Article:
Take a natural number's prime factors and list them increasingly and repeating them according to multiplicity. Concatenate their decimal (or in any base) representation to get a new number and repeat the process. Does this always end in a prime number for any input?

$\begingroup$ What do you mean by concatenate? So for example for 12, the prime factor are 2,2,3. The obvious meaning would result in the number 223. But this process will never stop. $\endgroup$ – Owen Sizemore Jul 11 '10 at 13:26

3$\begingroup$ @Owen, that's the question: can you show that 12, 223 never stops? 223 is prime. @Franklin: there is no evidence (and no motivation!) for your question, especially because you claim that any base works. 77 (base 10) produces a very long sequence... $\endgroup$ – Wadim Zudilin Jul 11 '10 at 13:30

$\begingroup$ So: $4=2.2 \to 22 =2.11\to 211$ prime!! Have you written a program to do this? Does the chosen base matter? $\endgroup$ – supercooldave Jul 11 '10 at 13:30

$\begingroup$ @Wadim: I agree. The better question would be to establish a heuristic based on the probability of primality of n being 1/log n, and the "normal" behaviour of prime factorisations. $\endgroup$ – Charles Matthews Jul 11 '10 at 14:10

2$\begingroup$ The independence of the base is that the question asks is for some number, in some base, the sequence never stops. Notice, for example that the remainders of the numbers appearing in the sequences (except the first one) in the division by the base (i.e. the last digit) correspond to possible last digits in that base. I have put a computer to run it in base 10 and all numbers end so far. Motivation? Just fun so far. $\endgroup$ – O.R. Jul 11 '10 at 14:21
It's open problem, sequence A037274 from OEIS, socalled "home primes". Hm, the value for n=77 is even unknown.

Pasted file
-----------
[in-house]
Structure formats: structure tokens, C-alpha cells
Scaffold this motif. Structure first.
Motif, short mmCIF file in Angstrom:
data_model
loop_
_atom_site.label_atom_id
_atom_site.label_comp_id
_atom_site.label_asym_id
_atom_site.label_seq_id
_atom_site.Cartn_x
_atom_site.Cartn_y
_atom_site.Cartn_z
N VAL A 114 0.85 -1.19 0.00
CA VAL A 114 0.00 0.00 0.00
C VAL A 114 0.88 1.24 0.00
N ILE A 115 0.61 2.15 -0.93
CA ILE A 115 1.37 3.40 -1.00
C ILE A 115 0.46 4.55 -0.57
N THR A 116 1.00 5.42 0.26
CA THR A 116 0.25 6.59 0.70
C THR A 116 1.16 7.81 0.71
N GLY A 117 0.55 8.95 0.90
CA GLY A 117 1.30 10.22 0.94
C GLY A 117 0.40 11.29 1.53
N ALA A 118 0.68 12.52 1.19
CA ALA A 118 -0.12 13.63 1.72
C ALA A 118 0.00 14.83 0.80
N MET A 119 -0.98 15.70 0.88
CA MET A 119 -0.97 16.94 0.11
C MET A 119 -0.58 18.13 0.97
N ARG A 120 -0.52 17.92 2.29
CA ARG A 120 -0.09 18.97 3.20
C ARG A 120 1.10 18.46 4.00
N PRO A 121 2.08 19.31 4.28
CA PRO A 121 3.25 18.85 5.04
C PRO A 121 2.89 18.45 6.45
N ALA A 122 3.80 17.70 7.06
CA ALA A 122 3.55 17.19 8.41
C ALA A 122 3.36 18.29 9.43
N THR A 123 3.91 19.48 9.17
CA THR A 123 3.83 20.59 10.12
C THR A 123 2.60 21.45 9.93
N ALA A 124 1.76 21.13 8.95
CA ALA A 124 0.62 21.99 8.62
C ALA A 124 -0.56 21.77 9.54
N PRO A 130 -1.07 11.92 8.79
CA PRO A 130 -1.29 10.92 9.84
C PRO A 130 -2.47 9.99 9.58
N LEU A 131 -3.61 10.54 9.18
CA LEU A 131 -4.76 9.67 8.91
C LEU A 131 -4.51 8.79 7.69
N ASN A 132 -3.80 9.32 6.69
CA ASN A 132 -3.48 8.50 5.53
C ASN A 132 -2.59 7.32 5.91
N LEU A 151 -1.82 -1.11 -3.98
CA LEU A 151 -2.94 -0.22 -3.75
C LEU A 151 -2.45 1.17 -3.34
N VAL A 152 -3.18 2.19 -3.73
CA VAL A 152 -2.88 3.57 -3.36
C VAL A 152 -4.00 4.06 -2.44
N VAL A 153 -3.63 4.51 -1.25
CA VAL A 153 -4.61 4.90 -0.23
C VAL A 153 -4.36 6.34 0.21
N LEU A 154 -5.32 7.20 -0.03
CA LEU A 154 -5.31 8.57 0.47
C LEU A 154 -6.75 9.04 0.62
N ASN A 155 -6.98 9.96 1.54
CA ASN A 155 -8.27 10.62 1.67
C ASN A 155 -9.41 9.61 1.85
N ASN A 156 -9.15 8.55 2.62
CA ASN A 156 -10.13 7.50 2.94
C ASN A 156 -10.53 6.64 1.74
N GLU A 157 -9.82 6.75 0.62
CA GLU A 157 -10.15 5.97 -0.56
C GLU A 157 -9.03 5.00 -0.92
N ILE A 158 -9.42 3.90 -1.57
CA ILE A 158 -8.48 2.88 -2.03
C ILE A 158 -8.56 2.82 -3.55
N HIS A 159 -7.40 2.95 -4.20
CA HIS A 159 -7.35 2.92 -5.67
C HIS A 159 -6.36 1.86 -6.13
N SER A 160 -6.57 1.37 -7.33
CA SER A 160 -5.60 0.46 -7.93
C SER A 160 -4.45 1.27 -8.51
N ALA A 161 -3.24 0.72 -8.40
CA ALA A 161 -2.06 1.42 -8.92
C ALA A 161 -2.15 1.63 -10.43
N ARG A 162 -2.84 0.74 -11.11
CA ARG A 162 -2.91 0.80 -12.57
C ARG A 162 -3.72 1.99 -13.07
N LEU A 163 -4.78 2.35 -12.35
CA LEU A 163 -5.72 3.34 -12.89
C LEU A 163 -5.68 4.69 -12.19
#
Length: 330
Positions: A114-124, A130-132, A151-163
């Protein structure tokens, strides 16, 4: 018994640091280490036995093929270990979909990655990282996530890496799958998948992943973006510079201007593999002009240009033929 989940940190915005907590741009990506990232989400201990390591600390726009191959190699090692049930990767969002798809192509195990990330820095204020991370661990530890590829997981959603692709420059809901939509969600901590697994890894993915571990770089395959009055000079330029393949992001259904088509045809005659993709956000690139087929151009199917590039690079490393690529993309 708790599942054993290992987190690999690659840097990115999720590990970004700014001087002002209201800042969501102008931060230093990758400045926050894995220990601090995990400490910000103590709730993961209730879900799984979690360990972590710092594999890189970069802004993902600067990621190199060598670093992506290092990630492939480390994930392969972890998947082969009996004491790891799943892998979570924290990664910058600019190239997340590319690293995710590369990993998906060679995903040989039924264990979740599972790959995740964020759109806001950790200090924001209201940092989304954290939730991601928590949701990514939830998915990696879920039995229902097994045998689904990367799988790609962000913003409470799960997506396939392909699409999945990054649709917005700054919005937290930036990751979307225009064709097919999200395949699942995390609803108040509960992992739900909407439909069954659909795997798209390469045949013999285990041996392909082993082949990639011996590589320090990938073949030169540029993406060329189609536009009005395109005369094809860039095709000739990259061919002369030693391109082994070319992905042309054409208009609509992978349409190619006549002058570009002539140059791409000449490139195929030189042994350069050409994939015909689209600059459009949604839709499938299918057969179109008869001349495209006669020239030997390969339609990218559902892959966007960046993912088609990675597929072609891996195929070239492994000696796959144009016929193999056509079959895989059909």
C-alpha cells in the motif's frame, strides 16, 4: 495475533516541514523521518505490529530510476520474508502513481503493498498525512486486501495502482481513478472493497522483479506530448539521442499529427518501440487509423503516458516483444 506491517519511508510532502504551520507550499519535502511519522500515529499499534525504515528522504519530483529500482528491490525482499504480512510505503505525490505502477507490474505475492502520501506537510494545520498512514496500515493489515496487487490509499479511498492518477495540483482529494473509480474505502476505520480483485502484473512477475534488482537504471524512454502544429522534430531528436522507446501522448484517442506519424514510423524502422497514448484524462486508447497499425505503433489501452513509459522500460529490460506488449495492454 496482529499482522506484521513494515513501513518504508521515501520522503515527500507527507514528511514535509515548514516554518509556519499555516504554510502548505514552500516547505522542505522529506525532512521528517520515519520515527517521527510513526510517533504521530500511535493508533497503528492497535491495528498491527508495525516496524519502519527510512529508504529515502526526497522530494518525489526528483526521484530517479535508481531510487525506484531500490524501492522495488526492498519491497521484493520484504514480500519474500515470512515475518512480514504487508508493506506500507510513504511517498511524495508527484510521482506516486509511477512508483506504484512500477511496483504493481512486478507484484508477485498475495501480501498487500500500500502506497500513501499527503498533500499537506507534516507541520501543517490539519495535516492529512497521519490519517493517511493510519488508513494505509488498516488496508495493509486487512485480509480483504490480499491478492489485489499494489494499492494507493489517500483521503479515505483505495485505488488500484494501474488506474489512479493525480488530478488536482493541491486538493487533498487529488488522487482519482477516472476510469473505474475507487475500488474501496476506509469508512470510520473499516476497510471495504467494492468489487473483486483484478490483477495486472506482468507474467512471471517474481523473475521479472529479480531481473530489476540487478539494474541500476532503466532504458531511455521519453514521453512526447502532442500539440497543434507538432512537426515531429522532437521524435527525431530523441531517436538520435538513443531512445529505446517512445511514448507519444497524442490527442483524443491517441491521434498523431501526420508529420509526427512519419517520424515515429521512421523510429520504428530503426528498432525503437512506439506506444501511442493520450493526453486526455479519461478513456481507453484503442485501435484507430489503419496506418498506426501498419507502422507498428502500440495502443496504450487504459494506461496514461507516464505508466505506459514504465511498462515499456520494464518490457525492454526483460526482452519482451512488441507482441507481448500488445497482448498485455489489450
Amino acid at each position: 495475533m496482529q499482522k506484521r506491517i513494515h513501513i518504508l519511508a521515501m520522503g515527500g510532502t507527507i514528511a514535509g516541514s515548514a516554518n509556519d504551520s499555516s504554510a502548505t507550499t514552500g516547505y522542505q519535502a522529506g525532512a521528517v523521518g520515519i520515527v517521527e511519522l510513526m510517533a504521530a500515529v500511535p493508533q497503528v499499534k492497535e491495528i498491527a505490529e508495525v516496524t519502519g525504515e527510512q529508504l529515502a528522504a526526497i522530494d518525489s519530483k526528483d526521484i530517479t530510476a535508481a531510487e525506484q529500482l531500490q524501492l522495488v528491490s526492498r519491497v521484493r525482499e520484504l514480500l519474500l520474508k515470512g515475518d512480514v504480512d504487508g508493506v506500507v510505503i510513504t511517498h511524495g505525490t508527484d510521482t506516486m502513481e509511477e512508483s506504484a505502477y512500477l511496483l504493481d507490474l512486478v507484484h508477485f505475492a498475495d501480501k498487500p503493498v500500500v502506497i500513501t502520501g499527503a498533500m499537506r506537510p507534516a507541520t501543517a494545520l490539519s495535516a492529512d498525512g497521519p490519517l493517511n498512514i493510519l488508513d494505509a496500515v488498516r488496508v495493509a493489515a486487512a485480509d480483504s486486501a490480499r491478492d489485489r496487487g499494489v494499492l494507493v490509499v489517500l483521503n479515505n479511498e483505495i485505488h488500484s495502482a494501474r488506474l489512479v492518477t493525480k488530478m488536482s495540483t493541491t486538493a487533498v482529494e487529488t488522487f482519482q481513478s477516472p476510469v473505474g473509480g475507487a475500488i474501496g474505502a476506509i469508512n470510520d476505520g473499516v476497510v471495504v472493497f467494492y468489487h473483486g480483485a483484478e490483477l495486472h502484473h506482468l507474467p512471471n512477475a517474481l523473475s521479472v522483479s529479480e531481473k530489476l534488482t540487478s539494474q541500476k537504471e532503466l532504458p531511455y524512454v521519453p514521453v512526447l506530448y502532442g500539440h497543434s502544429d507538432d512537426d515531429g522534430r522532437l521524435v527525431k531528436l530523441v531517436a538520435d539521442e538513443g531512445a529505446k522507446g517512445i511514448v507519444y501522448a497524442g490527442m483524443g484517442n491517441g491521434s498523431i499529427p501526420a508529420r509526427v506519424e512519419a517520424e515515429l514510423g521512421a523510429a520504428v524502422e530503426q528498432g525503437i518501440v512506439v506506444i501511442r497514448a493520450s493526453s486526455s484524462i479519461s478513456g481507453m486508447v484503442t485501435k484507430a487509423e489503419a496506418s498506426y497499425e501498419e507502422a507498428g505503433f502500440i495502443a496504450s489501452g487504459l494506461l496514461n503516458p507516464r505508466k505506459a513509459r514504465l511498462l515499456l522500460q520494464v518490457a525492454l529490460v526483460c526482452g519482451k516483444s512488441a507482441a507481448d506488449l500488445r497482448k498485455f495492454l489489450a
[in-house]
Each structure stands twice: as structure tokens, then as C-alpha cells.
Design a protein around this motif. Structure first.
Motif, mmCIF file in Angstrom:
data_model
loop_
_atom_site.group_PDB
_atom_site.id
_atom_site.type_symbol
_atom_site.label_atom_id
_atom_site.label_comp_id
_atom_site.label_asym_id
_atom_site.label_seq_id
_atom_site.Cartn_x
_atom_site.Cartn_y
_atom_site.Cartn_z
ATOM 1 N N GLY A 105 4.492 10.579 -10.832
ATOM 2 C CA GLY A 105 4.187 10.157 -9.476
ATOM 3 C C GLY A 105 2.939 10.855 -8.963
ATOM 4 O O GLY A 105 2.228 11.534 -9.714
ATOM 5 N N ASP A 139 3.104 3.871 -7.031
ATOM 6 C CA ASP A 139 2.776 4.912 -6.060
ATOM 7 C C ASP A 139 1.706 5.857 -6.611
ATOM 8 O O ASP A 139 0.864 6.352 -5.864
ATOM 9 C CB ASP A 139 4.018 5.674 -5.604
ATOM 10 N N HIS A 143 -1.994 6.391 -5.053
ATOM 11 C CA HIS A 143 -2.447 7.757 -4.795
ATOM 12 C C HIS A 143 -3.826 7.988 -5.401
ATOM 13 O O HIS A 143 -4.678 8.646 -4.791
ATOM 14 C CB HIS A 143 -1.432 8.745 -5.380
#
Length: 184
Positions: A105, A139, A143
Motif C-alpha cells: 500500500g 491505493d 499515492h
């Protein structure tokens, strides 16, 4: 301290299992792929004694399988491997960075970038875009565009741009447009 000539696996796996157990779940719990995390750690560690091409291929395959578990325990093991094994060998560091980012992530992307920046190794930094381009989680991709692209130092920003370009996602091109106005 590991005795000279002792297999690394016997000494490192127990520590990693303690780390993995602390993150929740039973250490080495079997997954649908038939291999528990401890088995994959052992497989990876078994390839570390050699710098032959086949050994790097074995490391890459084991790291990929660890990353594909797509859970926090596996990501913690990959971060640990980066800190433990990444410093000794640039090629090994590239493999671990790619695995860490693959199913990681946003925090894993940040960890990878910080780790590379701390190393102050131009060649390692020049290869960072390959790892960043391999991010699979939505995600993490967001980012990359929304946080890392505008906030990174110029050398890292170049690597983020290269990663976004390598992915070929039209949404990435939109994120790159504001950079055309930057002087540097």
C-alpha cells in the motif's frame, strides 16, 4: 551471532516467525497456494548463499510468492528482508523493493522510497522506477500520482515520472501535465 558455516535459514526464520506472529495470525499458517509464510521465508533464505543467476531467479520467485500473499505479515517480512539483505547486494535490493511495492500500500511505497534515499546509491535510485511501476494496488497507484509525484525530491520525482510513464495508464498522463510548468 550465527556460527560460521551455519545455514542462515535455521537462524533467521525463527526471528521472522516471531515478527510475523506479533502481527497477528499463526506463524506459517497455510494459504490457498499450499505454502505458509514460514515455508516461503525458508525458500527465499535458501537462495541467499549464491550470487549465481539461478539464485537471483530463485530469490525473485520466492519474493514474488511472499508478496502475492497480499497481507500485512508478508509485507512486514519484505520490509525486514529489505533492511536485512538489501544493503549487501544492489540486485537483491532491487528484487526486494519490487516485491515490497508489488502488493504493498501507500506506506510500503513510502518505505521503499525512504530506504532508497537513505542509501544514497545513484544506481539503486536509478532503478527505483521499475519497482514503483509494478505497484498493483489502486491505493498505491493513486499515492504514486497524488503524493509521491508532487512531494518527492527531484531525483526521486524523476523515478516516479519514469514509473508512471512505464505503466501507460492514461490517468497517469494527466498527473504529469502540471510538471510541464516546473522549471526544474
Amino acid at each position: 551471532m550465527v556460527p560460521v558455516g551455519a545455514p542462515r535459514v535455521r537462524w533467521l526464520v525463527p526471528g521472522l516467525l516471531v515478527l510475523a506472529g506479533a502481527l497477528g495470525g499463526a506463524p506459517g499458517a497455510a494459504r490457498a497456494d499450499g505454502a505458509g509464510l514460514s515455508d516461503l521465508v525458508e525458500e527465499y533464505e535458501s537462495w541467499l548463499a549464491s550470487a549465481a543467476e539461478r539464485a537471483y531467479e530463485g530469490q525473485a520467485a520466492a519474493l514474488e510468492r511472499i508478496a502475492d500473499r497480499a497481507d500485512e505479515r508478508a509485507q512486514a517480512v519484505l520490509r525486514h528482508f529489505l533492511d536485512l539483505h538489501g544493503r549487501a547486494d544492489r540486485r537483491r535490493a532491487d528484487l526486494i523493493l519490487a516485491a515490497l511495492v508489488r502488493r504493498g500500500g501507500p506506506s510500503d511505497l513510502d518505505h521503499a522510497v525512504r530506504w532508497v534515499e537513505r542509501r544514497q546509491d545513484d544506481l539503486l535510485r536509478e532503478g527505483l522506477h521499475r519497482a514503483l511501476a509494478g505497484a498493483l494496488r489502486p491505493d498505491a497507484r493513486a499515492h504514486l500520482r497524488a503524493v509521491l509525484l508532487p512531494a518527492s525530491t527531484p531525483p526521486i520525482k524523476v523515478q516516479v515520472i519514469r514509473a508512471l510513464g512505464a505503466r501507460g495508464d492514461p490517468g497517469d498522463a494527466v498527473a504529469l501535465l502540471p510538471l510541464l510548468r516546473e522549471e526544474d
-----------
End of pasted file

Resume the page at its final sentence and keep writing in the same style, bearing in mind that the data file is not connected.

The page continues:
P.S. OnLine Encyclopedia of Integer Sequences definitely should be included in FAQ.

$\begingroup$ What does the Conways comment mean? "Probabilistic arguments give exactly zero for the chance that the sequence of integers starting at n contains no prime, the expected number of primes being given by a divergent sequence  John Conway (conway(AT)math.princeton.edu)" He said exactly zero? Is it them proven? $\endgroup$ – O.R. Jul 11 '10 at 14:30

3$\begingroup$ It means that if we will use nonrigorous arguments, then we can deduce that for every initial number this sequence ends in a prime number. But, it's not a proof. $\endgroup$ – Nurdin Takenov Jul 11 '10 at 14:43

11$\begingroup$ No, it doesn't: "happens with probability zero" is not the same as "never happens." $\endgroup$ – JBL Jul 11 '10 at 15:49

2$\begingroup$ Also: "Probability" not always refers to the stochastic interpretation as measure space with $\mu(\Omega)=1$. When talking about subsets of $\mathbb{N}$ it seems to be very common to call the density
$\lim_{n\to\infty}\frac{A\cap\{1,\ldots,n\}}{n}$
(if it exists) the probability of a natural number being in $A$. $\endgroup$ – Johannes Hahn Jul 11 '10 at 23:31 
1
Is too long for comment: $\ddot\smile$
77
711
3379
31109
132393
344131
1731653
71143523
11115771019
31135742029
717261644891
11193431873899